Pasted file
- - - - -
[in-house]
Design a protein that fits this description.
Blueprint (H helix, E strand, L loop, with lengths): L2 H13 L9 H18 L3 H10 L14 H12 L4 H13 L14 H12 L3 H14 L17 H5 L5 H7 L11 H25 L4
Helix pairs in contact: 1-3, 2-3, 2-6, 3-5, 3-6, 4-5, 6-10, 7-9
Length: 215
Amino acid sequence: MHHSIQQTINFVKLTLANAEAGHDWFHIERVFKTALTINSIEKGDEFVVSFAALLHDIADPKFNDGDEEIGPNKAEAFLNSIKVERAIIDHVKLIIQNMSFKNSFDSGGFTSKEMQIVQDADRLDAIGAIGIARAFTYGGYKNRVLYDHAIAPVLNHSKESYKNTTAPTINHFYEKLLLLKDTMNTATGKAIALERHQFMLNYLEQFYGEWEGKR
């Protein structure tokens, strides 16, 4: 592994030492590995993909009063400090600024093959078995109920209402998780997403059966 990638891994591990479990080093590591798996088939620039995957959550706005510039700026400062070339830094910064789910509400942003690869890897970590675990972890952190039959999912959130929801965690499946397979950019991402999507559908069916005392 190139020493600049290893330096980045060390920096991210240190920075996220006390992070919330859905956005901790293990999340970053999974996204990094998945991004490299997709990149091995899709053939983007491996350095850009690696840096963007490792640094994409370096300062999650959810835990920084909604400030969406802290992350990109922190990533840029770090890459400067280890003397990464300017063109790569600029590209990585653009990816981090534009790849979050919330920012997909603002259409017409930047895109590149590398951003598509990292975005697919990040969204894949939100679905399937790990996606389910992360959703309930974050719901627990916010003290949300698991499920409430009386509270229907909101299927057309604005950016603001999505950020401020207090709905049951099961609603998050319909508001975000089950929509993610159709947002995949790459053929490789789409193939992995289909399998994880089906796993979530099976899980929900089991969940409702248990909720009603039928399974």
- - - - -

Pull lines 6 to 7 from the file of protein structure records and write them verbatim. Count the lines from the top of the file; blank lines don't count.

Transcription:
Amino acid sequence: MHHSIQQTINFVKLTLANAEAGHDWFHIERVFKTALTINSIEKGDEFVVSFAALLHDIADPKFNDGDEEIGPNKAEAFLNSIKVERAIIDHVKLIIQNMSFKNSFDSGGFTSKEMQIVQDADRLDAIGAIGIARAFTYGGYKNRVLYDHAIAPVLNHSKESYKNTTAPTINHFYEKLLLLKDTMNTATGKAIALERHQFMLNYLEQFYGEWEGKR
């Protein structure tokens, strides 16, 4: 592994030492590995993909009063400090600024093959078995109920209402998780997403059966 990638891994591990479990080093590591798996088939620039995957959550706005510039700026400062070339830094910064789910509400942003690869890897970590675990972890952190039959999912959130929801965690499946397979950019991402999507559908069916005392 190139020493600049290893330096980045060390920096991210240190920075996220006390992070919330859905956005901790293990999340970053999974996204990094998945991004490299997709990149091995899709053939983007491996350095850009690696840096963007490792640094994409370096300062999650959810835990920084909604400030969406802290992350990109922190990533840029770090890459400067280890003397990464300017063109790569600029590209990585653009990816981090534009790849979050919330920012997909603002259409017409930047895109590149590398951003598509990292975005697919990040969204894949939100679905399937790990996606389910992360959703309930974050719901627990916010003290949300698991499920409430009386509270229907909101299927057309604005950016603001999505950020401020207090709905049951099961609603998050319909508001975000089950929509993610159709947002995949790459053929490789789409193939992995289909399998994880089906796993979530099976899980929900089991969940409702248990909720009603039928399974």